I was grinning from ear to ear as Soul Power began, throwing us right in to a thrilling rendition of the title song by James Brown with the able support of his backing band, the JBs. The performance is from the Zaire ’74 music festival, a three-day event intended to lead up to the “Rumble In The Jungle,” the Don King-promoted title fight between George Foreman and Muhammad Ali. Foreman ended up injuring himself in training mere days before the bout, but due to scheduling issues, the music festival had to go on as planned.The fight—and some of the music—gets the full doc treatment in Leon Gast’s wonderful, Oscar-winning When We Were Kings; if you haven’t seen that film, close this window right now and go rent it. If you have, then some of these details will already be familiar. What we didn’t know was how much of the music (which is used intermittently, primarily for transitions and punctuation, in Kings) was itself filmed. Jeffrey Levy-Hinte’s Soul Power is the story of that show.
It gives us exhaustive detail on how the festival was put together, using outside financing and local labor, with government cooperation that was tentative at best. The cameras catch the promoters in Zaire, constructing the stage and trying their best to get the elaborate show mounted with the help of their crew back in New York. Levy-Hinte spends too much time (over a third of the running time) on the run-up to the show, but we do see some terrific verité footage; there’s a fascinating breakfast conversation between Ali and his trainer “Bundini” Brown (played by Jamie Foxx in Ali), as well as a fun pre-flight dinner party with the performers in New York. We also catch glimpses of the pre-show details: focusing lights, running sound checks, painting numbers on the concrete risers of the stadium location. These scenes are interesting, but there’s too many of them; we’re antsy for them to get on with it already.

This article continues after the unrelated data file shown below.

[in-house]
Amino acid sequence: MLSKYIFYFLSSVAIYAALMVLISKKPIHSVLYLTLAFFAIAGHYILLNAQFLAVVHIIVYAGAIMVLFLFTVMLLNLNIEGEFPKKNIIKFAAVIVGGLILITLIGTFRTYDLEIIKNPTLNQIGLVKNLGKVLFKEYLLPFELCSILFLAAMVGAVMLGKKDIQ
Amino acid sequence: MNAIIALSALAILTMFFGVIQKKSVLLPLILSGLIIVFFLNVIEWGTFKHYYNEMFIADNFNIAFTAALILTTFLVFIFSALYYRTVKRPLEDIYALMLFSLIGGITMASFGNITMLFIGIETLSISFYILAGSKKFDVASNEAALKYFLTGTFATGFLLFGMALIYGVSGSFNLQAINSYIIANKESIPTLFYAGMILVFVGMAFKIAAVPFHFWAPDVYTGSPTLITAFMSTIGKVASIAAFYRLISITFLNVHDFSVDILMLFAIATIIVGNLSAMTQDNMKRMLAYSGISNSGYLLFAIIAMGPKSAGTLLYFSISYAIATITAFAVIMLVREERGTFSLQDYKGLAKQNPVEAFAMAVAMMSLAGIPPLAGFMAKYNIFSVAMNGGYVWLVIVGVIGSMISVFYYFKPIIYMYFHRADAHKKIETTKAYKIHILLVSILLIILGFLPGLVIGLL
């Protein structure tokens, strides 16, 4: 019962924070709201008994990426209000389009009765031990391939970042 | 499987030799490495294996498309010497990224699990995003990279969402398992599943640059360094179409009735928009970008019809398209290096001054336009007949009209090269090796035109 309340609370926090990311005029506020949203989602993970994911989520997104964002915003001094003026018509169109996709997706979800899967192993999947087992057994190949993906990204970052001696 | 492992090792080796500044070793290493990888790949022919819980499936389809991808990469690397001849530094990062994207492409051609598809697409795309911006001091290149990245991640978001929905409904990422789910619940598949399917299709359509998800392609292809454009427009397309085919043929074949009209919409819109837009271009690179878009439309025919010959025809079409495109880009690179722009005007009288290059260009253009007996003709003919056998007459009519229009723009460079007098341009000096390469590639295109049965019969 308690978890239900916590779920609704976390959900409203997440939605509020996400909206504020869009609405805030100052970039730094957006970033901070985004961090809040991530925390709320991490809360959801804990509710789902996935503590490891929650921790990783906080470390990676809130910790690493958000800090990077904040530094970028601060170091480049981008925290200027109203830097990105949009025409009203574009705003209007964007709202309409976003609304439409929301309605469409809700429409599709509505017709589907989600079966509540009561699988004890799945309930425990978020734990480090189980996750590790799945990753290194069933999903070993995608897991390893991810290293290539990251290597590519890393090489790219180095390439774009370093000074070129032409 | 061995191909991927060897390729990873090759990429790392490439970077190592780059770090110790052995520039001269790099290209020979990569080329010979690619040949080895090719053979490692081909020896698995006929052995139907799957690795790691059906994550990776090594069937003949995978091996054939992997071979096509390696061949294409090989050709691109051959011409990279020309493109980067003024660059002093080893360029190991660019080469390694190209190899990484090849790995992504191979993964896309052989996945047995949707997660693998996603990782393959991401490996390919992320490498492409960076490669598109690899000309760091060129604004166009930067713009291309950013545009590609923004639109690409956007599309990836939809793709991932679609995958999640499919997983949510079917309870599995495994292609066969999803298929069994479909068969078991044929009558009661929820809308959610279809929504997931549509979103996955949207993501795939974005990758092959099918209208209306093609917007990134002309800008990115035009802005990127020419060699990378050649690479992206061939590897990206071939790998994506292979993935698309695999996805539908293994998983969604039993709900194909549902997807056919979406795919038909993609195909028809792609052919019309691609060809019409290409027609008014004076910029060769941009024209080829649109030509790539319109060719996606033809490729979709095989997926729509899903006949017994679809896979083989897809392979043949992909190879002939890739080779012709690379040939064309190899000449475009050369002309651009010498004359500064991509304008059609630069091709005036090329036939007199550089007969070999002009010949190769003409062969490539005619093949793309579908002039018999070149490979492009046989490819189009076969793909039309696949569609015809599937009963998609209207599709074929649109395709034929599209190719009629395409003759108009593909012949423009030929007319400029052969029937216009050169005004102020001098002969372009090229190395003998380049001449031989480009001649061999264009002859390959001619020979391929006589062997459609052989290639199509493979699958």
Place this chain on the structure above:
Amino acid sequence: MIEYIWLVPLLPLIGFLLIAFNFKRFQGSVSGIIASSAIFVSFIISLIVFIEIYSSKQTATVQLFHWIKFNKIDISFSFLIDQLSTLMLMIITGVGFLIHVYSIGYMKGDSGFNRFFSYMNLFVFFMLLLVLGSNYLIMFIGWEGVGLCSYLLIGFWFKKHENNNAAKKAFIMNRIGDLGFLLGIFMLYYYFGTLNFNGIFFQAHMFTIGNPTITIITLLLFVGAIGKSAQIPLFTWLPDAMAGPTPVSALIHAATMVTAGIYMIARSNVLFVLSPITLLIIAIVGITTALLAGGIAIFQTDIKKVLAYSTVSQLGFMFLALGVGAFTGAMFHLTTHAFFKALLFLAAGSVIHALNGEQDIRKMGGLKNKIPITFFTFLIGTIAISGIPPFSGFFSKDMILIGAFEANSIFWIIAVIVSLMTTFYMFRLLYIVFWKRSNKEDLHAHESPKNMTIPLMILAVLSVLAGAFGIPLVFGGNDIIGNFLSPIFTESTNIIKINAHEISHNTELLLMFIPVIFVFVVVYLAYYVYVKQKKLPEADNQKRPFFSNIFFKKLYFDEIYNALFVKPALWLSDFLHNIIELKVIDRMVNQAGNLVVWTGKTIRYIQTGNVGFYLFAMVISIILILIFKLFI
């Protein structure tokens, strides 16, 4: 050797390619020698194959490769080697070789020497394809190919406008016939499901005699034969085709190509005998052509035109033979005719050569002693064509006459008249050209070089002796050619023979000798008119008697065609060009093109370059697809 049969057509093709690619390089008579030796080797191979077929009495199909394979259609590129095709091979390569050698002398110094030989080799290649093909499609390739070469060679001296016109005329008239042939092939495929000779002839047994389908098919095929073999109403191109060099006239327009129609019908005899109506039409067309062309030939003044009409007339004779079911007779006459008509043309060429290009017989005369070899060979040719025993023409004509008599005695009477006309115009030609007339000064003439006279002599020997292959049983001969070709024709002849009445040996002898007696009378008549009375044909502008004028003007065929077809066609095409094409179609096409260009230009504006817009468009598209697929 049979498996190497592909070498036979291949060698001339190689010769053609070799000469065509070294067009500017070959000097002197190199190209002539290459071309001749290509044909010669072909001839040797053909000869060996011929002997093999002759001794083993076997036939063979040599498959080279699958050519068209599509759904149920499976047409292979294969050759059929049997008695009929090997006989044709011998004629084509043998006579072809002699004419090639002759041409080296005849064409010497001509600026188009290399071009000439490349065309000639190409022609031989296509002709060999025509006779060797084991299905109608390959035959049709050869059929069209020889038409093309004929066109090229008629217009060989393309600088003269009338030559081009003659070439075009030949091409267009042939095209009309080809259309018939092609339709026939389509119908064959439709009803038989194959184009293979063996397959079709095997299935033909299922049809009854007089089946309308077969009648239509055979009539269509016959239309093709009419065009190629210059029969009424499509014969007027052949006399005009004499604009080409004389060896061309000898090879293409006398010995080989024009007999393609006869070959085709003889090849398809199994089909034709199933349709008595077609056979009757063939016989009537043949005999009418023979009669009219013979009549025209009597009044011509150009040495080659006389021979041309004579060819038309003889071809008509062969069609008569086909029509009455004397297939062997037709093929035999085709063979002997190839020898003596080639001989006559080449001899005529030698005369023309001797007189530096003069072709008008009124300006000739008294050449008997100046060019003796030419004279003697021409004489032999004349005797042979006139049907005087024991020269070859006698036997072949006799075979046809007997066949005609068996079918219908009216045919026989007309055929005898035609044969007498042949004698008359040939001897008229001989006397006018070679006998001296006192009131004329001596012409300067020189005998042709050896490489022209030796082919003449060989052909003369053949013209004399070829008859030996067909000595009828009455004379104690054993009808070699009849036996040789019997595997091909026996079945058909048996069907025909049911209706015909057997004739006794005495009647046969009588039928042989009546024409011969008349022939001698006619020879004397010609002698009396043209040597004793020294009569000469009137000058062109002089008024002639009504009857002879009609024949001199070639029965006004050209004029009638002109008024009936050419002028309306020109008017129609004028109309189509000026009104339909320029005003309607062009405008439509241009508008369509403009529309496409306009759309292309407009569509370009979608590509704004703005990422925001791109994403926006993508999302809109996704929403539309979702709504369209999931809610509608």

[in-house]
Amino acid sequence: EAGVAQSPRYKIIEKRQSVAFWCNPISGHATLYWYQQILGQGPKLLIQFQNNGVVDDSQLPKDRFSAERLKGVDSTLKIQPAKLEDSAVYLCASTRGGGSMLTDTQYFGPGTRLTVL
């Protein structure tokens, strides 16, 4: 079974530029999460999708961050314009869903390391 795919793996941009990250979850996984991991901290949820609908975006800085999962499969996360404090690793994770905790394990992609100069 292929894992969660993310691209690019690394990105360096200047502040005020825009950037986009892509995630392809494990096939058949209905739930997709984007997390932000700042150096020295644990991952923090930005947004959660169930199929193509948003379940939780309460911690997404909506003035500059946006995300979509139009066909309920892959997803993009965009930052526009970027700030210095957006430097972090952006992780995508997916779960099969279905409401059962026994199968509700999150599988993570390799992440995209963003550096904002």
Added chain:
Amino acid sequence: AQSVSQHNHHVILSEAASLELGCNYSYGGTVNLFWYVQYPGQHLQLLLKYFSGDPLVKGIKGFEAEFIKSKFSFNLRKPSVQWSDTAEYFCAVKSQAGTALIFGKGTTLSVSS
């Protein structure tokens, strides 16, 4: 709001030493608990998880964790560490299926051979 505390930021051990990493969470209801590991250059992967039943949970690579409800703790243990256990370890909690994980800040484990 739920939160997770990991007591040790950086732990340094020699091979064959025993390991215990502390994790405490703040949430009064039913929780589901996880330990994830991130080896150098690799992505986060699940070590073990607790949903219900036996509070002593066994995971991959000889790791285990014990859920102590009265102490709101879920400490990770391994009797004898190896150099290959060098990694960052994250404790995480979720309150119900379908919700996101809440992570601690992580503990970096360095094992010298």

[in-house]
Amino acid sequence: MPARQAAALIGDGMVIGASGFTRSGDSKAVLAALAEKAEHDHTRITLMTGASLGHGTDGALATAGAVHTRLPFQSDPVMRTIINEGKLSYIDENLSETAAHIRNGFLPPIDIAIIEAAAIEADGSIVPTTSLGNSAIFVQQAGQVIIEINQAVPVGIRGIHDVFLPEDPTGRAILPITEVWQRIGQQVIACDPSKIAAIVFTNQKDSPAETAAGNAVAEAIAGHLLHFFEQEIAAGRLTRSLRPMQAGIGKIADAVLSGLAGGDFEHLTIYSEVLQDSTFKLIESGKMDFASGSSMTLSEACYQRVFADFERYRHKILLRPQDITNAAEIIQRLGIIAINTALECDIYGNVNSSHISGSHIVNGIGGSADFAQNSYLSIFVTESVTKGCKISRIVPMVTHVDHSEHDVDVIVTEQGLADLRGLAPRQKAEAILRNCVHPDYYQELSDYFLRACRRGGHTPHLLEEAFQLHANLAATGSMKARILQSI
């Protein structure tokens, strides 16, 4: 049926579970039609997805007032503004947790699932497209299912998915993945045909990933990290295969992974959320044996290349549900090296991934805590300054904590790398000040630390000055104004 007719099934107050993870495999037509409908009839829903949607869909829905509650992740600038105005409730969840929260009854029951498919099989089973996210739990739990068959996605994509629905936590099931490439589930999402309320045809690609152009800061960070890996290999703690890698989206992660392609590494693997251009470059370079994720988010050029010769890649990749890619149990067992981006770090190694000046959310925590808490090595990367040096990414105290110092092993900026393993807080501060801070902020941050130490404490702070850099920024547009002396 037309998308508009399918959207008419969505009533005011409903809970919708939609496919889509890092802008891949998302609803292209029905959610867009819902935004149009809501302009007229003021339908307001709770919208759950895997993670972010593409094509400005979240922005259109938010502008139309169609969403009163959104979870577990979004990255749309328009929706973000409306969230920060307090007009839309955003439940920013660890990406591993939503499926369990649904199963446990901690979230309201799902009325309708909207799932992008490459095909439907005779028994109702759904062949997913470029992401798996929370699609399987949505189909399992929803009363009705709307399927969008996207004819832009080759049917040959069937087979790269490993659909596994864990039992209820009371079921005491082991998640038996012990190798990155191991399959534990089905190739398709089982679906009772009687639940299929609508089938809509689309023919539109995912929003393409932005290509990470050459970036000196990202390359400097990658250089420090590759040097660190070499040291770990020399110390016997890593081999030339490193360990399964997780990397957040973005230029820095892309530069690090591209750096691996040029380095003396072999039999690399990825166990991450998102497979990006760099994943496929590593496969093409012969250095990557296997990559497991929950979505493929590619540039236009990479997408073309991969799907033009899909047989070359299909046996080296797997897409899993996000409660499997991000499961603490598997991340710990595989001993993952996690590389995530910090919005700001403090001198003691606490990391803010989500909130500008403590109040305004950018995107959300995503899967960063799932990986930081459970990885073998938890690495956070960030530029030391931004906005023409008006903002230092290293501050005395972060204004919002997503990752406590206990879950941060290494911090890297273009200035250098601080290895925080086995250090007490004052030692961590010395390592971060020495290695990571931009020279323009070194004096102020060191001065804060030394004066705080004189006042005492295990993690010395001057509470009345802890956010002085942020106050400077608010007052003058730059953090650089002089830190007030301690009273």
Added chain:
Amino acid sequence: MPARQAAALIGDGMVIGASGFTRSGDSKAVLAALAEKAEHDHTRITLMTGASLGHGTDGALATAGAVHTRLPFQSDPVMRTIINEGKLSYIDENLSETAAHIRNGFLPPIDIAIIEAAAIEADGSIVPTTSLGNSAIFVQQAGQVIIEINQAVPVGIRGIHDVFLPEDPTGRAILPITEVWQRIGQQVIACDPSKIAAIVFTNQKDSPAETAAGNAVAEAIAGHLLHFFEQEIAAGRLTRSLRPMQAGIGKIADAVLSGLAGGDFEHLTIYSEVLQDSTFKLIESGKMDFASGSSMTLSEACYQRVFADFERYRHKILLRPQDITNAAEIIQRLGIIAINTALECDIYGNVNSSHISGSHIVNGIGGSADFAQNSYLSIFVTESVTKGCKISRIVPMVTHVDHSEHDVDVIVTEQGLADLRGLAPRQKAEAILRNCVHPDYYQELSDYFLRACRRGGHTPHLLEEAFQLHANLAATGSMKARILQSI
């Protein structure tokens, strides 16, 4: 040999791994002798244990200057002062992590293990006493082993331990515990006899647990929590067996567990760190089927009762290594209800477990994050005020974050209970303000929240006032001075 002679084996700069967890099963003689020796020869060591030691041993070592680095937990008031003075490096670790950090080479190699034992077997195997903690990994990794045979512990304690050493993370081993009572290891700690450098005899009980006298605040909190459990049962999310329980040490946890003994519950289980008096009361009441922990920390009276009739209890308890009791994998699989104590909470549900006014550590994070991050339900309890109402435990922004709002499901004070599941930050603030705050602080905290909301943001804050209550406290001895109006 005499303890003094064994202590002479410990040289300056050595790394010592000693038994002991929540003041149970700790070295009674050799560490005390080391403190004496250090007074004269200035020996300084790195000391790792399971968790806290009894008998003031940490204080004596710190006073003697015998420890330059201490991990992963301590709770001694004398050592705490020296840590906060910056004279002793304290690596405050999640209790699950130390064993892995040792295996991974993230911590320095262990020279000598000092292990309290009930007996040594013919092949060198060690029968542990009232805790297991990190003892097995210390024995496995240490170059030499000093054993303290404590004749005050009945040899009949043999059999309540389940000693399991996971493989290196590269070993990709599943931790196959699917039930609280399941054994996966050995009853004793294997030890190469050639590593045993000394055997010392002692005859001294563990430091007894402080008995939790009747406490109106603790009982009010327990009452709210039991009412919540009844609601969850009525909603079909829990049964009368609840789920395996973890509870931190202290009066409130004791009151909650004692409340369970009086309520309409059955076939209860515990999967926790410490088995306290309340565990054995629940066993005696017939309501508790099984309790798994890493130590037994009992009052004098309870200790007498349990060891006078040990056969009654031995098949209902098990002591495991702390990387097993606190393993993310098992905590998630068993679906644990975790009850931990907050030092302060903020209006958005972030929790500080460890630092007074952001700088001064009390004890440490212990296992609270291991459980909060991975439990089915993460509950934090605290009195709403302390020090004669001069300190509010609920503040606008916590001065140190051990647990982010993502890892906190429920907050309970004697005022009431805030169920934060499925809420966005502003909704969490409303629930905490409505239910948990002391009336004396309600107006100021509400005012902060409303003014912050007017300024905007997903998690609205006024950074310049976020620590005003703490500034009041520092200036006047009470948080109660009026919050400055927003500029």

Then, finally, the music starts, and it’s all you can hope for: joyous, exuberant, and passionate. The gentle tones of Bill Withers’ amazing voice is like a lullaby, while B.B. King does an electrifying rendition of “The Thrill Is Gone.” African performer Big Black does a bongo number that absolutely brings the house down. The Spinners are tremendous, the Crusaders are phenomenal, and the James Brown footage is simply extraordinary. At their best, Brown and his band put on the tightest, most thrilling live show in the business, and their driving, dynamic performances of hits like “The Payback” and (especially) “Cold Sweat” are sensational. The photography and cutting of them is fairly standard and straightforward (especially considering when they were shot), but they do find some interesting shots, and what you’re hearing is more important than what you’re seeing anyway. Soul Power is fueled by the tremendous energy of the performances—these sequences are frenetic and alive.
The trouble is, there just aren’t enough of them. Once the show starts, Levy-Hinte keeps cutting backstage, and while there are some good bits back there (the Spinners practicing their French greetings, B.B. King working out his set list), we’d rather see more of these folks on stage. The amount of actual performance footage in Soul Power is disappointing—we only get one song each from every performer but Brown, who does two in the film and one each during the opening and closing credits. That’s a dearth of music for a performance movie. I’m not sure why the film went so much heavier on the documentary than on the music, but it’s a lean mixture.
So that’s my complaint, and who knows, maybe there will be a wonderful cache of deleted scenes waiting for me on the DVD. As it is, Soul Power will make an excellent second half of a double bill with When We Were Kings, and the performances that did make the cut are worth the trouble of seeking it out. At the end of its closing credits, an “in memory of” list scrolls by, and it’s a long one; as we reflect on how many of these great talents we’ve lost, I’m thankful for this piece (tantalizingly brief though it may be) of what they left behind.